“What has happened in California is that lots of horse people with tack and accoutrements pass them on for generations, and then all of a sudden, it stops,” the near-deaf Mattson says beneath a playful mustache, as he shows us around his tiny shop. Thanks to Mattson, forgotten saddles are brought back to life and old-time belts, holsters, and boots are re-created to look like they were taken straight out of a John Wayne film.

The Lodge Restaurant // Paul Dyer PhotographyHe points out a cherry-stained saddle from 1880 that he restored after it was salvaged from a fire in Big Sur. He also stops upon a replica of Roy Rogers’ belt, with intricate details that Mattson carved by hand.

If it’s about time for a siesta, check into your digs, which range from wood-paneled suites converted from old Vanderbilt horse stables at the historic Los Laureles Lodge to the Paddock House at Stonepine Estate that butts up against the equestrian center—home to the largest thoroughbred ranch west of the Mississippi—and the new Blacksmith Bar, complete with saddle seats, a dartboard, and ample room for line dancing.

The best bet for a Western-style dinner is Will’s Fargo Dining House and Saloon, a roadhouse-turned-steak house that’s been refining its fare since the owner of Bernardus Lodge, Ben Pon, took over in 2002. You’ll still find steaks galore—including a 20-ounce porterhouse—but the meat is au naturel, and it’s served with organic produce from nearby Earthbound Farm.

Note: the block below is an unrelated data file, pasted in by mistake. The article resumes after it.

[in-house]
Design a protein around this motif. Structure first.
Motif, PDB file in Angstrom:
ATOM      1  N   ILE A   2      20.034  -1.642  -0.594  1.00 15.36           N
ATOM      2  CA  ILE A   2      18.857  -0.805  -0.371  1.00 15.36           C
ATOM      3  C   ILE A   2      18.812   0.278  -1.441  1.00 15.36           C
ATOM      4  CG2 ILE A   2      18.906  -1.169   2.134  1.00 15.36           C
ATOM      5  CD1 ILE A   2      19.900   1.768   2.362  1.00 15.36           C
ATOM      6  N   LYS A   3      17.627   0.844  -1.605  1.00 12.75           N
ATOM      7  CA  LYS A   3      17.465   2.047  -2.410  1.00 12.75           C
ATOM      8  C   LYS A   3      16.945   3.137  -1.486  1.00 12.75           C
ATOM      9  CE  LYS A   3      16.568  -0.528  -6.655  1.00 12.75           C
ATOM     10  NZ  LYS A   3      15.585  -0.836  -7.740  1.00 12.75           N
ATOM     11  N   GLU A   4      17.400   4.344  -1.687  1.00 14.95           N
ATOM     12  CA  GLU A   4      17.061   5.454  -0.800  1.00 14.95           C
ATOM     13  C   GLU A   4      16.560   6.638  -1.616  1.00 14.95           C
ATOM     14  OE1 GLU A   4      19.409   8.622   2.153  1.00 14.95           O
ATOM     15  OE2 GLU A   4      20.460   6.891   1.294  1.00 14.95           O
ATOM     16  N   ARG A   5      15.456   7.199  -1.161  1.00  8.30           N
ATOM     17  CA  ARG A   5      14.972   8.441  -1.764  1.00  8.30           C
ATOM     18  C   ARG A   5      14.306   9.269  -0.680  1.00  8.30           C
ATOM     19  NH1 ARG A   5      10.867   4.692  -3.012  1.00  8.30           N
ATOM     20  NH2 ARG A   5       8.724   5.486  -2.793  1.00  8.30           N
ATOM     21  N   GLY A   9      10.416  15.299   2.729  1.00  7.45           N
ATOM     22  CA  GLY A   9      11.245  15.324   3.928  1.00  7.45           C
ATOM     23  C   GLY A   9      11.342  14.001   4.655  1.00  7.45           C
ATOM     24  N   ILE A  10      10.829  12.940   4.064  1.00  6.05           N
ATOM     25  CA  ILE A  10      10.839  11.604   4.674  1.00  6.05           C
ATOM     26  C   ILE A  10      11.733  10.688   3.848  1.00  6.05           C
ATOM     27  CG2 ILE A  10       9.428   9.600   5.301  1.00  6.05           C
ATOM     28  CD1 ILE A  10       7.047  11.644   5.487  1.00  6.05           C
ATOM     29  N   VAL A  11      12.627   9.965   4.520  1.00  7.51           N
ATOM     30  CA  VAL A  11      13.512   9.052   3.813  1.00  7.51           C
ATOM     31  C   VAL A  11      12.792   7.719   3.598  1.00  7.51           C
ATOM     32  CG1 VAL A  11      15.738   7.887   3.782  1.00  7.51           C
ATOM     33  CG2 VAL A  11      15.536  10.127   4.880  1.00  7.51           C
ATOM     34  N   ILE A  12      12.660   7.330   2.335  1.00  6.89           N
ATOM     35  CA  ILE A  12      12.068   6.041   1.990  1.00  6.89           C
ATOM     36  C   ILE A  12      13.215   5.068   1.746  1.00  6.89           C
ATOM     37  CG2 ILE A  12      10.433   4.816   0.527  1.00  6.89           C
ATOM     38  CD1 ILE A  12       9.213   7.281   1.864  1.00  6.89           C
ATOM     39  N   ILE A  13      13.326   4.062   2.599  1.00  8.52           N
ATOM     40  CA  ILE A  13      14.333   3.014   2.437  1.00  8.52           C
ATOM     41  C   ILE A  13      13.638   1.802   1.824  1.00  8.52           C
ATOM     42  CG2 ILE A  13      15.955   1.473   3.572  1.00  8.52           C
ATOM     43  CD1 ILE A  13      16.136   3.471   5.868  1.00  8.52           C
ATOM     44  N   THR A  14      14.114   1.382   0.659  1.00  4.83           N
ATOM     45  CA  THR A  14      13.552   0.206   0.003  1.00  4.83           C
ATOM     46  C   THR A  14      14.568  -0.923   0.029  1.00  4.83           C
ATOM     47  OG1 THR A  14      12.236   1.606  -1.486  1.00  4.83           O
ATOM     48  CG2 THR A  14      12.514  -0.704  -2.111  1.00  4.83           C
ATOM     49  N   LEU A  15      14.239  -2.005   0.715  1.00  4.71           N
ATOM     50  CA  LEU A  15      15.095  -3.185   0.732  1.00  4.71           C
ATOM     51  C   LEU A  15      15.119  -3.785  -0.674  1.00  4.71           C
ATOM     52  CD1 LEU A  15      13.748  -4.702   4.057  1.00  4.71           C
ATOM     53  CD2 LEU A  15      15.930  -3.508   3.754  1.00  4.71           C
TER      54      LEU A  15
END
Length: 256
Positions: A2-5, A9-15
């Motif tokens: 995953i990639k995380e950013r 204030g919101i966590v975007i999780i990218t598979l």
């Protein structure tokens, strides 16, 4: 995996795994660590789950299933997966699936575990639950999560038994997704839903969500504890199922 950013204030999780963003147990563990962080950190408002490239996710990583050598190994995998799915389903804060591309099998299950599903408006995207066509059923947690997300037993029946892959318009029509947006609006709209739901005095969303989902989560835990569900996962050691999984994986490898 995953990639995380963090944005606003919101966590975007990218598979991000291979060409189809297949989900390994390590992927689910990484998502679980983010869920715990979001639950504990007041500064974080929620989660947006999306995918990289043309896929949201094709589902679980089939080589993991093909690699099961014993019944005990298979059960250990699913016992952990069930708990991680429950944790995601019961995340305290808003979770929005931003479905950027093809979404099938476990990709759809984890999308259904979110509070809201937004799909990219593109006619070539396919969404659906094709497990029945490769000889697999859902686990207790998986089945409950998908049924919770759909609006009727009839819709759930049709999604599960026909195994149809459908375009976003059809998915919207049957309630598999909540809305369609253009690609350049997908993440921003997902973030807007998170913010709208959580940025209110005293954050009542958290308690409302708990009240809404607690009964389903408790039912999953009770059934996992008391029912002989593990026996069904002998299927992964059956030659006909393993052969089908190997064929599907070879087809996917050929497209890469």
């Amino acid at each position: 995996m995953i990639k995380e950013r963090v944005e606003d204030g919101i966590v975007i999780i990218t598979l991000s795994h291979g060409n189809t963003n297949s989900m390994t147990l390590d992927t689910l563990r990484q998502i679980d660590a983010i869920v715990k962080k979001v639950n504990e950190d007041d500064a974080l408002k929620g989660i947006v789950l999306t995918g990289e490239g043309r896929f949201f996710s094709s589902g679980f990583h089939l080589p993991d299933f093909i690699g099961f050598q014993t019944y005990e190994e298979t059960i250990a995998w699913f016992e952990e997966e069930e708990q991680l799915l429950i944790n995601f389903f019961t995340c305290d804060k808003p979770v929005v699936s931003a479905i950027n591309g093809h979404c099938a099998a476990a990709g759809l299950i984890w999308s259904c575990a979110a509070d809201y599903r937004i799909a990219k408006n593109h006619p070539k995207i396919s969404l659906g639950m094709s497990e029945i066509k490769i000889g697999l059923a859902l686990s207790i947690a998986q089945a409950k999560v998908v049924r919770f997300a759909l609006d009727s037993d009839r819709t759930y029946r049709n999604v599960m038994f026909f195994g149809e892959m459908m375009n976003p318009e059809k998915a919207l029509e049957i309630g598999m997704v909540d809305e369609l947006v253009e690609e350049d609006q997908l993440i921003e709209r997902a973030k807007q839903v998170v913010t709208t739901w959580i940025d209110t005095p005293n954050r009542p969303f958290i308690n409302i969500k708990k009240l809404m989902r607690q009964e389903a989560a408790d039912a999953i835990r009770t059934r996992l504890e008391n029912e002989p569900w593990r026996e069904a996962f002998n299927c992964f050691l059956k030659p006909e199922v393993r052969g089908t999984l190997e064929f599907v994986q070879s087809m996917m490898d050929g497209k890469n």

The most memorable country experience, however, is 30 minutes deeper into the valley. Every Monday night, the Cachagua General Store transforms into a rollicking supper club, often featuring live music, where cowboys and winemakers dine side by side, welcoming the new in with the old.

Address book
Bob Mattson Saddlery 24004 Robinson Canyon Rd., Carmel, (831) 624-8146. / Cachagua General Store Mon. nights, reservations recommended. 18840 Cachagua Rd., Carmel Valley, (831) 659-1857, cachaguastore.blogspot.com. / Holman Ranch Horseback riding offered in spring and summer. 60 Holman Rd., Carmel Valley, (831) 659-2640, holmanranch.com. / Los Laureles Lodge 313 W. Carmel Valley Rd., Carmel Valley, (831) 659-2233, loslaureles.com. / Stonepine Estate 150 E. Carmel Valley Rd., Carmel Valley, (831) 659-2245, stonepineestate.com. / Wagon Wheel Coffee Shop 7156 Carmel Valley Rd., Carmel, (831) 624-8878. / Will’s Fargo Dining House & Saloon Closed Tues. and Wed. 16 W. Carmel Valley Rd., Carmel Valley, (831) 659-2774, bernardus.com/lodge/restaurants.


 

The Wine Escape

Savor the fruit of the valley.

Julien’s Chardonnay // Photo: ZMAKTouring a vineyard that’s turning a toasted auburn for winter, I’m reminded of the truism often ignored on wine tours: that wine is all a matter of taste. “Think of wine like music,” says Bill Anderson, winemaker at Château Julien Wine Estate, one of the few places in the valley where you can learn about winemaking, grape to glass. “It’s a sensual thing that you might like or you might hate.”